Voters in Nevada this November will consider a proposed constitutional amendment that would more than double the amount of solar, wind, and some other types of renewable energy Nevada’s electric utilities are required to deliver.
Nevadans for a Clean Energy Future, a climate interest group funded by California billionaire and progressive activist Tom Steyer, sponsored the initiative, Question 6, and gathered sufficient signatures to have it placed on the November ballot.
Currently, about 20 percent of Nevada’s energy comes from renewable sources. The state’s renewable energy mandate requires 25 percent of the electricity provided by utilities in the state come from renewable sources by 2025. If voters approve Question 6, the amount of renewable power that utilities would be required to provide would double to 50 percent by 2030.
Because Question 6 would amend Nevada’s constitution, voters would have to approve the initiative a second time in 2020 before it would become law, if they approve it this year.
‘Expensive and Unreliable Electricity’
If Nevada voters approve the higher renewable power mandate, they will see substantial price hikes on their electric bills, says James M. Taylor, a senior fellow with The Heartland Institute, which publishes Environment & Climate News.
“California’s electricity prices are twice as high as Nevada’s, largely due to California’s renewable energy policies, which are wrecking Steyer’s home state,” Taylor said. “People, money, and jobs are fleeing as a result.
“Now he wants to impose California’s misery on Nevada by forcing Nevadans to buy the same expensive and unreliable electricity that is ruining California,” said Taylor. “If Nevadans pass the measure, they will receive very little in return for rapidly rising energy bills, because global warming warnings consistently fail to materialize and America is leading the world in carbon dioxide emission reductions without mandates, anyway.”
Price, Reliability Concerns
Electricity prices will rise if Nevadans approve Question 6, says Michael Schaus, communications director for the Nevada Policy Research Institute.
“Doubling the renewable energy mandate to 50 percent by 2030 will do two things: Prices will rise, and electric power reliability will decline,” said Schaus. “The price is what most people are going to focus on initially, because when you get your electricity bill and see a steep increase during the summer months when everyone is running their air conditioning, it’s going to hit home for folks.
“The current renewable power mandate is already high, and increasing it by the large amount proposed in Question 6 would force prices to climb even higher while reducing Nevadans’ options to obtain affordable energy from a variety of sources,” Schaus said.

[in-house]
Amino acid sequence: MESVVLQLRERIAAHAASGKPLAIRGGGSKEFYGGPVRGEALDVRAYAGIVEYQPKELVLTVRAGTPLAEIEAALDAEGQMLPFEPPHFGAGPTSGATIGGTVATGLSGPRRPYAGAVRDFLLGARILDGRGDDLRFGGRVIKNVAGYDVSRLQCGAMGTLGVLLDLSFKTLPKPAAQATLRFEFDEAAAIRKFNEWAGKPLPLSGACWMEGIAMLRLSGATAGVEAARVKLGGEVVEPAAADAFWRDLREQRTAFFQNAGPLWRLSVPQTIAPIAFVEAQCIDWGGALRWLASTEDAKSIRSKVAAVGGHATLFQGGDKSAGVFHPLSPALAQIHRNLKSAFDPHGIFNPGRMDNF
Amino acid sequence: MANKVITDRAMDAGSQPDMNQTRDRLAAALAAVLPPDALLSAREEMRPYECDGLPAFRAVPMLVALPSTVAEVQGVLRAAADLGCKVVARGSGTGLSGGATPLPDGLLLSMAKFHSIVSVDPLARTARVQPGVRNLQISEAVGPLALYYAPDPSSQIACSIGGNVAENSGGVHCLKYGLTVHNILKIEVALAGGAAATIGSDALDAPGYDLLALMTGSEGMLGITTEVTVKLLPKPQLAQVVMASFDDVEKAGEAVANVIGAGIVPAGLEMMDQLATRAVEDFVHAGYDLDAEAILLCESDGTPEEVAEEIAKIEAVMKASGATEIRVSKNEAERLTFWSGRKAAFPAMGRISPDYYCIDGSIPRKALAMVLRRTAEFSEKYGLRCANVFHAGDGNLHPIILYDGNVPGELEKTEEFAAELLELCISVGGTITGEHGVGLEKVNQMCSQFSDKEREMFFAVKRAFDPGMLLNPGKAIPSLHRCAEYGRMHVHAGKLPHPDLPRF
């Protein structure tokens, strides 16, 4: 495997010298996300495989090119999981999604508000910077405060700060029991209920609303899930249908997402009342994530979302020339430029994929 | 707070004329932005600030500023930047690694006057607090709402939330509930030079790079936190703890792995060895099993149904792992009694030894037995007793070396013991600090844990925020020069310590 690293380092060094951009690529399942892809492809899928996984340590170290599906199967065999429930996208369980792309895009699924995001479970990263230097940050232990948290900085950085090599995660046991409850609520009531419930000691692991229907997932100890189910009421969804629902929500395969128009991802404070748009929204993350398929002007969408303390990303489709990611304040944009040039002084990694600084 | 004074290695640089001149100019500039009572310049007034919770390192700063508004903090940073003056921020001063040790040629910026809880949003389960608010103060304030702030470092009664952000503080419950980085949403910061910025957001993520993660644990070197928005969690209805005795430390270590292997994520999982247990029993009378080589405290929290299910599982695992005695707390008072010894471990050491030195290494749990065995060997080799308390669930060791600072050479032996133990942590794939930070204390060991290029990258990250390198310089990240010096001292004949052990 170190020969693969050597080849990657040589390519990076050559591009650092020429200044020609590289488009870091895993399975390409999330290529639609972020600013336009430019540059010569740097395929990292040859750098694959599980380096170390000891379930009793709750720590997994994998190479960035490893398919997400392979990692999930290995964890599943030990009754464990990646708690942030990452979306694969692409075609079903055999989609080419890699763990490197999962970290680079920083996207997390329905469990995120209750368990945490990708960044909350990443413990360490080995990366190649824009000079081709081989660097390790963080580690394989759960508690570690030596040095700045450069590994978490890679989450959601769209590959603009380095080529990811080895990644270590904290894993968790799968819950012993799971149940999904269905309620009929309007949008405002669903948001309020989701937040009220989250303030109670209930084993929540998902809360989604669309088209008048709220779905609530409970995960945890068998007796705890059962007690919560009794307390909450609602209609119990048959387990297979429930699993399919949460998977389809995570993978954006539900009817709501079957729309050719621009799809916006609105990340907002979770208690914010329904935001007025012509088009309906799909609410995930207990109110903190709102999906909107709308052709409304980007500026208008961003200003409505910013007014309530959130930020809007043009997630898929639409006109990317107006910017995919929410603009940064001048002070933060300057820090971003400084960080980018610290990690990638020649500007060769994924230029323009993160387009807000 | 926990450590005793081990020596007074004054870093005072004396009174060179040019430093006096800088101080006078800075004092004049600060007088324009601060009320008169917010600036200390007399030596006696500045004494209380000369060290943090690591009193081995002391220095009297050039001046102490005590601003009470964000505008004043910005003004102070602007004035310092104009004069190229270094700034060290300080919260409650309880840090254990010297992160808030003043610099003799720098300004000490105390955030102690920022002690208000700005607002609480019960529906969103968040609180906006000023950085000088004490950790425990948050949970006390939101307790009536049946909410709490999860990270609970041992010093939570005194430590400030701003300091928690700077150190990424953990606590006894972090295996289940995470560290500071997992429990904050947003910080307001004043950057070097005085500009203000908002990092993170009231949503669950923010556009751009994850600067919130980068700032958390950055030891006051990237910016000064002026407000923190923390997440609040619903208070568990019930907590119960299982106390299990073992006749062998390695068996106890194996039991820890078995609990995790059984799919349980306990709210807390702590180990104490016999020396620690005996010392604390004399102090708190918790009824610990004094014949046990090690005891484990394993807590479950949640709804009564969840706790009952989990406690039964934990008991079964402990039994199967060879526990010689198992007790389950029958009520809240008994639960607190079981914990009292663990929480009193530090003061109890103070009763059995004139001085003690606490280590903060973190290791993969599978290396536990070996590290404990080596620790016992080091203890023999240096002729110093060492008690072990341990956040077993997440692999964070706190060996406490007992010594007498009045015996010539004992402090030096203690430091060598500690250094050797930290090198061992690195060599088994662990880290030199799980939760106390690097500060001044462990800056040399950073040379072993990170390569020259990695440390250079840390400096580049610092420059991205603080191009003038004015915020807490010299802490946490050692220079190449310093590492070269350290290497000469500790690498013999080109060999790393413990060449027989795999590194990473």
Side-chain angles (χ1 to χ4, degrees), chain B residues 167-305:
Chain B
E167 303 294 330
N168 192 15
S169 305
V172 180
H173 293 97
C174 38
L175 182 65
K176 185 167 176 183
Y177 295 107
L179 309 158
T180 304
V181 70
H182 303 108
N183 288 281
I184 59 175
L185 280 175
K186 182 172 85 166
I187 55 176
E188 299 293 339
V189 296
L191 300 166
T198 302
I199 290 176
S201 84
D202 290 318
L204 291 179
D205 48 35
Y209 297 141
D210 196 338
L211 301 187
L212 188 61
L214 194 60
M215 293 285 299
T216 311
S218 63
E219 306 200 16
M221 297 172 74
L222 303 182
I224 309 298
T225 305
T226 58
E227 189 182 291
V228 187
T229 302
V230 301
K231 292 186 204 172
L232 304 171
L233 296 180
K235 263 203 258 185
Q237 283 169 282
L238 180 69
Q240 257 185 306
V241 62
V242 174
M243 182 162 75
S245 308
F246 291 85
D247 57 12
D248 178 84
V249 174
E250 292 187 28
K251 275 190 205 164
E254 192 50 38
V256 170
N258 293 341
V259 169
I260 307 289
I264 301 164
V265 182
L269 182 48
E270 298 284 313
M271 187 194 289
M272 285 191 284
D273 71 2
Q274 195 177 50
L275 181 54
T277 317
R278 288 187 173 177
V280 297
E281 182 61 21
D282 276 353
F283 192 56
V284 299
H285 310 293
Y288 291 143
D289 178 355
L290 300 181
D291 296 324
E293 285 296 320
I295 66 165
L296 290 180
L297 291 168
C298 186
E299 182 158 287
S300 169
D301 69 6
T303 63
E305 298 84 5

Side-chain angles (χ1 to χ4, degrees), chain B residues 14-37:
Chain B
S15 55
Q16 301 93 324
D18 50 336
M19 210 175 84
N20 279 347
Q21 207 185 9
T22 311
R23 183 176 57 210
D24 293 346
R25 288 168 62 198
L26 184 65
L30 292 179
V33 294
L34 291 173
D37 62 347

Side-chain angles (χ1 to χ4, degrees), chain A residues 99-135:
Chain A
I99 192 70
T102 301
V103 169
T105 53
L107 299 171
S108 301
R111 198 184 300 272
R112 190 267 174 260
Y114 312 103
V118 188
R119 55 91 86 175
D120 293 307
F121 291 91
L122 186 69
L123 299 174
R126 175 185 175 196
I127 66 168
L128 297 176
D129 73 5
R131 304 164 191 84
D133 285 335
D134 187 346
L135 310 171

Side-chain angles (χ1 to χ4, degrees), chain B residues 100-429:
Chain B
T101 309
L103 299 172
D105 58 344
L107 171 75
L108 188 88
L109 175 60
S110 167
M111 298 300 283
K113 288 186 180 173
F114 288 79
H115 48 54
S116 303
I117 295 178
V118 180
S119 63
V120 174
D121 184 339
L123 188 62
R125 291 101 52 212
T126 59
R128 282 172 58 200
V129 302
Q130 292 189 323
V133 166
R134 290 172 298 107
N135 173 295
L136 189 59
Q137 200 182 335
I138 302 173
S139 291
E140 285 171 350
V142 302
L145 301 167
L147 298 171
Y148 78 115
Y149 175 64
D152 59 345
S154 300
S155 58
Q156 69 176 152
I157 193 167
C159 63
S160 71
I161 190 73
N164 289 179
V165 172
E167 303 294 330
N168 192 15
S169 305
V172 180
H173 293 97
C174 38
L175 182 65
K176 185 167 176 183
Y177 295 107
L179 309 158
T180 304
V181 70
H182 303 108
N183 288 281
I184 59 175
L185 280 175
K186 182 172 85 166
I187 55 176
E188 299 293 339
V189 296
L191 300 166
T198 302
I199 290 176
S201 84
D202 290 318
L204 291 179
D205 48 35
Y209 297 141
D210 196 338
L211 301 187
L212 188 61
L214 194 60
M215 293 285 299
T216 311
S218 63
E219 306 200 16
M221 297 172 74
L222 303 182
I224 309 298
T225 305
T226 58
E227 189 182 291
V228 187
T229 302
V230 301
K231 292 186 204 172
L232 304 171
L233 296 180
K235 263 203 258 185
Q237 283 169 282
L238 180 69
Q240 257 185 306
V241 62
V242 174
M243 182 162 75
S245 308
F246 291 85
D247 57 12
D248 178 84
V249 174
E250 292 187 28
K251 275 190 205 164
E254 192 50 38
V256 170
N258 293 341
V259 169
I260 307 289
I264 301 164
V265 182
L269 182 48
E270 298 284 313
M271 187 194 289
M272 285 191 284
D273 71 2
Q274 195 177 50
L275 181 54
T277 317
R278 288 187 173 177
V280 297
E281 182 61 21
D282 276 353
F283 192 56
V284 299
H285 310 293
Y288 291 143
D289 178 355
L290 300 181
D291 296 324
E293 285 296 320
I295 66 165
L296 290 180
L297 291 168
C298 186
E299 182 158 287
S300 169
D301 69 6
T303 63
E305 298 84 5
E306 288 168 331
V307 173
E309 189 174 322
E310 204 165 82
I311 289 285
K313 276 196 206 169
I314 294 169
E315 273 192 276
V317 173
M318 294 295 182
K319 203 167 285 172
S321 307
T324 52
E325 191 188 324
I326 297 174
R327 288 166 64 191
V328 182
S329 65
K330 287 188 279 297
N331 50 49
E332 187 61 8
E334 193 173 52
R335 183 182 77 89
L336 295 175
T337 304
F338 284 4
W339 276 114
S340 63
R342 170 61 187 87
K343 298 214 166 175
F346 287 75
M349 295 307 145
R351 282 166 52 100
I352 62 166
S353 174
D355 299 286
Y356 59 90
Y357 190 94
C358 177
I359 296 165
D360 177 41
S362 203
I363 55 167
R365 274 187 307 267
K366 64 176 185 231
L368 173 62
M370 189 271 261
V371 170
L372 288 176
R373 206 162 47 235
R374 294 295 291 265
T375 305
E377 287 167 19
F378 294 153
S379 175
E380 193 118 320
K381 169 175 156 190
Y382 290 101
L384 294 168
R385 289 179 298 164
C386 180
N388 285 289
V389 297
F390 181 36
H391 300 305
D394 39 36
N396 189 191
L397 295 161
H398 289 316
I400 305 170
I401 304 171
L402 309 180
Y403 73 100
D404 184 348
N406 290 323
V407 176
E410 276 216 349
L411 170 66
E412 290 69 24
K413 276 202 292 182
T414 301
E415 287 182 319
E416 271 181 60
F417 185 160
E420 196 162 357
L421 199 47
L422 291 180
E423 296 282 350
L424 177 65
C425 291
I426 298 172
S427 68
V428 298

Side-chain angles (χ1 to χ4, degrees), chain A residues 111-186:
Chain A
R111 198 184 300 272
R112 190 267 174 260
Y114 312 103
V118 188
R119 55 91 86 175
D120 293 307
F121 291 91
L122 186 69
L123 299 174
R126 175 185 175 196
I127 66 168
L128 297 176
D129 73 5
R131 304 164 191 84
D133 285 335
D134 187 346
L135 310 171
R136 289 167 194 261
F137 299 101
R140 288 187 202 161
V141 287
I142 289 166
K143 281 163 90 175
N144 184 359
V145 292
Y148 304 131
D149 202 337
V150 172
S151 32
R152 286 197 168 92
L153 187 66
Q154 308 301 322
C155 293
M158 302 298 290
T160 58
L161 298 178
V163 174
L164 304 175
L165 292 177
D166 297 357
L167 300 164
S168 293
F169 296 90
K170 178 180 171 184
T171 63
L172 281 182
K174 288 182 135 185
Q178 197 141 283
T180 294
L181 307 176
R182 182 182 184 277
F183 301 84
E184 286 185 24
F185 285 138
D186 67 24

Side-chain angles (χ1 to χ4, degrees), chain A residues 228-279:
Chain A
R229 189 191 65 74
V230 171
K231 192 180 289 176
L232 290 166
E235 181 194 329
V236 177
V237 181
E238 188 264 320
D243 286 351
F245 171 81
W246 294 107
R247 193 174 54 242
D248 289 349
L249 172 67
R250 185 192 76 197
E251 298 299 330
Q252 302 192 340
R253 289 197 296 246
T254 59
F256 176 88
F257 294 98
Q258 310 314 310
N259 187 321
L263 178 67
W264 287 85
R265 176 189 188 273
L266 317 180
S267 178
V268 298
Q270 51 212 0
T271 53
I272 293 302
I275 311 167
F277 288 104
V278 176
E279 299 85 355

Schaus says reliability of electricity will decline if the higher renewable energy mandate is approved.
“In addition, nobody seems very happy about the power outages they experience in California,” said Schaus. “Nevadans don’t think about this a lot because we generally have pretty dependable power right now, but it’s something that will start to creep into the conversation if we see Nevada going down the same road as California.”
Nevada currently gets a great deal of electricity from hydropower, which isn’t counted as renewable, Schaus says.
“Currently we have a 20 percent renewable requirement, but renewable mandates are more political than environmental,” Schaus said. “For instance, hydropower isn’t even included as one of the renewables the state can use to reach its standard, despite the fact that Nevada has Hoover Dam.
“None of the energy produced by the dam counts towards Nevada’s renewable mandate,” said Schaus. “The RPS is very much politically motivated to benefit just a couple of industries—largely wind and solar—and this is where the state is right now.”
Calls for Assessment
Instead of imposing a renewable mandate focusing on politically preferred energy sources, people should undertake an honest overall environmental assessment of competing energy sources, Schaus says. If they did so, they would not view solar favorably, he says.
“If you look at solar, for instance, it really isn’t a renewable resource,” Schaus said. “Yes, sunlight is free and plentiful in Nevada, during the day, but there are many other environmental impacts you have to consider.
“Solar panels don’t grow on trees, and to manufacture them you have to mine rare earth materials, and there are a lot of costs and environmental impacts in doing that,” said Schaus. “It would be much wiser to look at things like hydro and try to promote things that are efficient from a resource-use perspective, things that have the least environmental impact, allowing solar and wind to enter the market when they become more affordable and more efficient without mandates. That would be a win for Nevada ratepayers.”
Part of Bigger Plan
Schaus says Steyer’s renewable initiative in Nevada is just part of a larger green energy push the California billionaire has for the United States as a whole.
“Nevada is probably the next [state] on his list because the political environment here is moving more progressive and ‘environmental,'” Schaus said. “Climatically, Nevada is positioned in such a way that solar has always been a big topic of conversation here.
“Obviously, we have a lot of sun and a lot of open space, so everyone has been trying to push solar for quite some time,” said Schaus. “Steyer may see Nevada as an opportunity for an easy win, but he is not taking into account the fact Nevadans are overwhelmingly tired of paying as much as we do for electricity. I think people are going to be outraged if they see their prices start to climb substantially in the next couple of years.”
Kenneth Artz ([email protected]) writes from Dallas, Texas.